She looked at her sister just as she used to when they were little and fighting together. “You won’t bring a drunken workman back to life by being sentimental,” she said softly. (Mansfield) The widow has a very small part in this story but very important. She has a very bland and obtuse personality almost as cripple of the mind. This is shown when Laura visits her and she does not even speak with words only actions. For example, But at that moment the woman at the fire turned round. Her face, puffed up, red, with swollen eyes and swollen lips, looked terrible. She seemed as though she couldn’t understand why Laura was there.

What did it mean? Why was this stranger standing in the kitchen with a basket? What was it all about? And the poor face puckered up again. “All right, my dear,” said the other. “I’ll thenk the young lady. ” And again she began, “You’ll excuse her, miss, I’m sure,” and her face, swollen too, tried an oily smile. Mansfield gives the many different personalities to show who she was. From her life story she never has a set way of doing things. She was very abstract with her actions, and I think all the personalities represent her in the many stages of her life. I think the personality reflects the relationship with men.

In “Miss Brill” there is no male main character. As Miss Brill talks about her experiences at the park she never really mentions ever having a significant other. She does talk about the various couples in there different activities at the park, “To and fro, in front of the flower-beds and the band rotunda, the couples and groups paraded, stopped to talk, to greet, to buy a handful of flowers from the old beggar who had his tray fixed to the railings” (Mansfield). In “The Daughters of the Late Colonel” there is only one major relationship with a man. That is the relationship between the daughters and the father.

This is not a healthy relationship. The colonel orders them around and does not respect them as his children. Here this is shown, “Can’t hear,” said old Colonel Pinner. And he waved Josephine away with his stick, then pointed with his stick to Cyril. “Tell me what she’s trying to say,” he said (Mansfield). “The Garden Party” has more relationships. There is the relationship between the husband and wife of the Sheridan family. This is not really acknowledge much other than she submits to her husband when he agrees with his daughter, Laura, “It was a horrible affair all the same,” said Mr. Sheridan. The chap was married too. Lived just below in the lane, and leaves a wife and half a dozen kiddies, so they say. ” An awkward little silence fell. Mrs. Sheridan fidgeted with her cup. Really, it was very tactless of father… Suddenly she looked up. There on the table were all those sandwiches, cakes, puffs, all uneaten, all going to be wasted. She had one of her brilliant ideas. “I know,” she said. “Let’s make up a basket. (Mansfield) There is also a very minute relationship with Laura and the one of the workmen. It is nothing serious just a flirtatious moment she shares with random man.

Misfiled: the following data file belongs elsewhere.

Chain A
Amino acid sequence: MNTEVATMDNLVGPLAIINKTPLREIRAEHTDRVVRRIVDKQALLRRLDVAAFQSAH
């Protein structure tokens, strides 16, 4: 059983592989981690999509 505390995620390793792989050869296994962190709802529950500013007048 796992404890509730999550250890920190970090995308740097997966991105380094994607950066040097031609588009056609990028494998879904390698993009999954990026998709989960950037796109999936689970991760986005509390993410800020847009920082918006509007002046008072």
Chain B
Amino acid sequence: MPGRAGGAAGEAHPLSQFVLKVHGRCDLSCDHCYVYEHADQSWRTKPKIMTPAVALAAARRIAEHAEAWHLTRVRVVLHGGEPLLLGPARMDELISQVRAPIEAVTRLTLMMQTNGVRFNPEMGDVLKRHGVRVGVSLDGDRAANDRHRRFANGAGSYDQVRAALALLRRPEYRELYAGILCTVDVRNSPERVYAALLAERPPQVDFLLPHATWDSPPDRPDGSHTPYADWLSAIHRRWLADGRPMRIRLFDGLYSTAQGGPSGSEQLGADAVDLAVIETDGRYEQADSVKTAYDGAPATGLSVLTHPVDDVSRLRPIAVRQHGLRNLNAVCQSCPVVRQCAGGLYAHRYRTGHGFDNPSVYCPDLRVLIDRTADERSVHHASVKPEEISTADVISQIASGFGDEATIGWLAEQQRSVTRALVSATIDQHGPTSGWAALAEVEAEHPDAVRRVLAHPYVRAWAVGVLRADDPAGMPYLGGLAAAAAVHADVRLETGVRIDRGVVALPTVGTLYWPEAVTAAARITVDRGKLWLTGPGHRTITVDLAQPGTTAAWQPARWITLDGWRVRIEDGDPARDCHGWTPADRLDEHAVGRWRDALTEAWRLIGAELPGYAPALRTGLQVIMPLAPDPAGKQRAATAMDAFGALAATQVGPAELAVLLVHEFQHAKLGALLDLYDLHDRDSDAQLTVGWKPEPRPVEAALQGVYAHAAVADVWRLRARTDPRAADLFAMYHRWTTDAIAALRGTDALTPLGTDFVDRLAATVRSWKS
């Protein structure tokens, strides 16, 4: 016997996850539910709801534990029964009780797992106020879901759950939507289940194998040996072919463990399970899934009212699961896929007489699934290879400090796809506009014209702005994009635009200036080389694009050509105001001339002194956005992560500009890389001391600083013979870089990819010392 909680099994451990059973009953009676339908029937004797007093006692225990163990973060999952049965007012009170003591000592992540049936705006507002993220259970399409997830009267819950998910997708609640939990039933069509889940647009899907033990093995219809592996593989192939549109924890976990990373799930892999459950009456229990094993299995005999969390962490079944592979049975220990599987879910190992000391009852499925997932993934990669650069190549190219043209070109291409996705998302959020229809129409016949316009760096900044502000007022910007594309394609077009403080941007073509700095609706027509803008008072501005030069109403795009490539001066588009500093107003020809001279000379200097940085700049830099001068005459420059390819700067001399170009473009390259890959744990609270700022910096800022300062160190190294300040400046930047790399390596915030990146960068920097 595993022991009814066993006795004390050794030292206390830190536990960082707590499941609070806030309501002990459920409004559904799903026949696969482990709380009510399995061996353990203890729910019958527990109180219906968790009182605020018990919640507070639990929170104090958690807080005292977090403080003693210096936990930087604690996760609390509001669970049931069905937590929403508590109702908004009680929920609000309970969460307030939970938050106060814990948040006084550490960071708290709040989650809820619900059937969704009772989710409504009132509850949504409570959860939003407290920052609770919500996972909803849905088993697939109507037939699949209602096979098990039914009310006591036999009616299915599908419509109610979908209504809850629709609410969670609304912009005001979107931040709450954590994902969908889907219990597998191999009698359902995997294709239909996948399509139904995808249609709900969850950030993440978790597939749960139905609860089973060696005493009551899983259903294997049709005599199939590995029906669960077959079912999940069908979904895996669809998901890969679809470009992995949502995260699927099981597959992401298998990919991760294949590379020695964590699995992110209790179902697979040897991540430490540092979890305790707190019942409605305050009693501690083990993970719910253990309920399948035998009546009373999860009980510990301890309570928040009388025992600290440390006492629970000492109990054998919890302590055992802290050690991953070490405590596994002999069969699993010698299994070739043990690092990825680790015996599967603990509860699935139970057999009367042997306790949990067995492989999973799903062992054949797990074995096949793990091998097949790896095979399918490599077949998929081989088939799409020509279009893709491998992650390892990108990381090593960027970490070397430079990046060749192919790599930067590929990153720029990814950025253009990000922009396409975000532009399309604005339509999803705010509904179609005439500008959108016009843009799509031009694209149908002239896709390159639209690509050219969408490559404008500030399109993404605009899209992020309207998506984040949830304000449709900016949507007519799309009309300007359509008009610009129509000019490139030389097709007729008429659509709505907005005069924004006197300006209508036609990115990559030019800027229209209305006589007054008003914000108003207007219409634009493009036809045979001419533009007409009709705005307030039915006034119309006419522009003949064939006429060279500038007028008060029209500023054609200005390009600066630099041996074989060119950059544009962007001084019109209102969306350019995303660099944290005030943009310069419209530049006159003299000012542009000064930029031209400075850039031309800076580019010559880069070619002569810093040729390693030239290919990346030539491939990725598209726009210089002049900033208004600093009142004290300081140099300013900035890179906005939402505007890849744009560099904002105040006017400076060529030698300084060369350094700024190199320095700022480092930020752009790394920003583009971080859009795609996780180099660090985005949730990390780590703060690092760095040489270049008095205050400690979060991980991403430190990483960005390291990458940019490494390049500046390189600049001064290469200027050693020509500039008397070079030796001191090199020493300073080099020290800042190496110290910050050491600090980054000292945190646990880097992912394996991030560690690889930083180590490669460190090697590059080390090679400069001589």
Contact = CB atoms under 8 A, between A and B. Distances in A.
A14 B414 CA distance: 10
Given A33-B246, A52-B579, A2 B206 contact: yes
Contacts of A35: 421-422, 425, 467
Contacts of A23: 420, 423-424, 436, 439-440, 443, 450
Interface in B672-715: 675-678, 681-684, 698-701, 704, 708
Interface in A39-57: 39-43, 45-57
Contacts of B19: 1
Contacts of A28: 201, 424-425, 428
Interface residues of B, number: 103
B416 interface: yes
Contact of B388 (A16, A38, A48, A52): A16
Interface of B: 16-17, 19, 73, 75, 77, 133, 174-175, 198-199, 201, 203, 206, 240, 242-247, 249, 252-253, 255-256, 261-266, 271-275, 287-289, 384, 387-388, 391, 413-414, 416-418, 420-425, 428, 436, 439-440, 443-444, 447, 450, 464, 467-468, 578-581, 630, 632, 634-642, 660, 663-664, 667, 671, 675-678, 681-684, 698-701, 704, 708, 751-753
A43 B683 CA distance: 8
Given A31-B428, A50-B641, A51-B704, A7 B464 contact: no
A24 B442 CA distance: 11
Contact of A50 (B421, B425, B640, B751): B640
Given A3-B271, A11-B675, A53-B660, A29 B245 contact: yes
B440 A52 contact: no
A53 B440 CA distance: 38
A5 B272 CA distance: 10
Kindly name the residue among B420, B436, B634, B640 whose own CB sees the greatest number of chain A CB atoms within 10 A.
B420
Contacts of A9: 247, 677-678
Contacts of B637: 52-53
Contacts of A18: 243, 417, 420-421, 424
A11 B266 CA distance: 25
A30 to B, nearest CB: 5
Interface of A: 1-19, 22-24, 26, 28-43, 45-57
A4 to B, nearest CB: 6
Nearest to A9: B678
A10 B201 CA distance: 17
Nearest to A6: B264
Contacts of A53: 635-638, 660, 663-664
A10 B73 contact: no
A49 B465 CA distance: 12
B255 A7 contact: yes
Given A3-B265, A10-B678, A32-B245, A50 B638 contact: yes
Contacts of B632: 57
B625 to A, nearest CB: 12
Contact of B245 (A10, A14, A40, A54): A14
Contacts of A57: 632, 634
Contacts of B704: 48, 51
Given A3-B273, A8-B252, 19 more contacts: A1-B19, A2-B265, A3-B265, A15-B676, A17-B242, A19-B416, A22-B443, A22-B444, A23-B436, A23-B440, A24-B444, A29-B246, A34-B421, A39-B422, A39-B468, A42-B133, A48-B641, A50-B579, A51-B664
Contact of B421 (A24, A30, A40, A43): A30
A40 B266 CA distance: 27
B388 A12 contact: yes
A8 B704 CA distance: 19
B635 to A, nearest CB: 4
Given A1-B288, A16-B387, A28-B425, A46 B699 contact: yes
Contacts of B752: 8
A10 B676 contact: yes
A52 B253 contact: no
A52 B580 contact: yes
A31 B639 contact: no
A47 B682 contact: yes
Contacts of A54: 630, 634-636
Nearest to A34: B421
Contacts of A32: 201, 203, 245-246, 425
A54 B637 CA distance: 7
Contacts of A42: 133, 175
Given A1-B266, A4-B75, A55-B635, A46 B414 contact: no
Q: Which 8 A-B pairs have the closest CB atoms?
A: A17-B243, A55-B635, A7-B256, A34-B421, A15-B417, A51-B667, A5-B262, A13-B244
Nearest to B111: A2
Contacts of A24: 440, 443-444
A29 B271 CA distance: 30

This is shown when, Only the tall fellow was left. He bent down, pinched a sprig of lavender, put his thumb and forefinger to his nose and snuffed up the smell. When Laura saw that gesture she forgot all about the karakas in her wonder at him caring for things like that–caring for the smell of lavender. How many men that she knew would have done such a thing? Oh, how extraordinarily nice workmen were, she thought. Why couldn’t she have workmen for her friends rather than the silly boys she danced with and who came to Sunday night supper? (Mansfield) I think this is best example ecause she as a girl had many affairs. This moment was shared with a random man that she had never met before. This reflects Mansfield’s relationship status with men very well. It is very clear that Katherine Mansfield has a very keen and distinctive value of women. This is normal because she always is who she wants to be. She does not care what people think she is going to live the life she wants to. This is very clear in her short stories “The Garden Party”, “Miss Brill”, and “The Daughters of the Late Colonel. ” The female characters in these exemplify what she thought of herself.

Yes, Katherine Mansfield’s female characters are obtuse, emotional, imaginative and sometimes lost in her stories, it does not matter because these characteristics describes what a real woman is to her. Works Cited Jones, Kathleen. “Katherine Mansfield. ” http://www. katherinemansfield. net/life/briefbio7. htm Mansfield, Katherine. “Miss Brill. ” http://www. readbookonline. net/readOnLine/1349/ Mansfield, Katherine. “The Daughters of the Late Colonel. ” http://readbookonline. net/readOnLine/1356/ Mansfield, Katherine. “The Garden Party. ” http://www. readbookonline. net/readOnLine/1355/

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Visual of a Women, from Katherine Mansfield’s Point of View Essay. (2016, Dec 18). Retrieved from https://graduateway.com/visual-of-a-women-from-katherine-mansfields-point-of-view/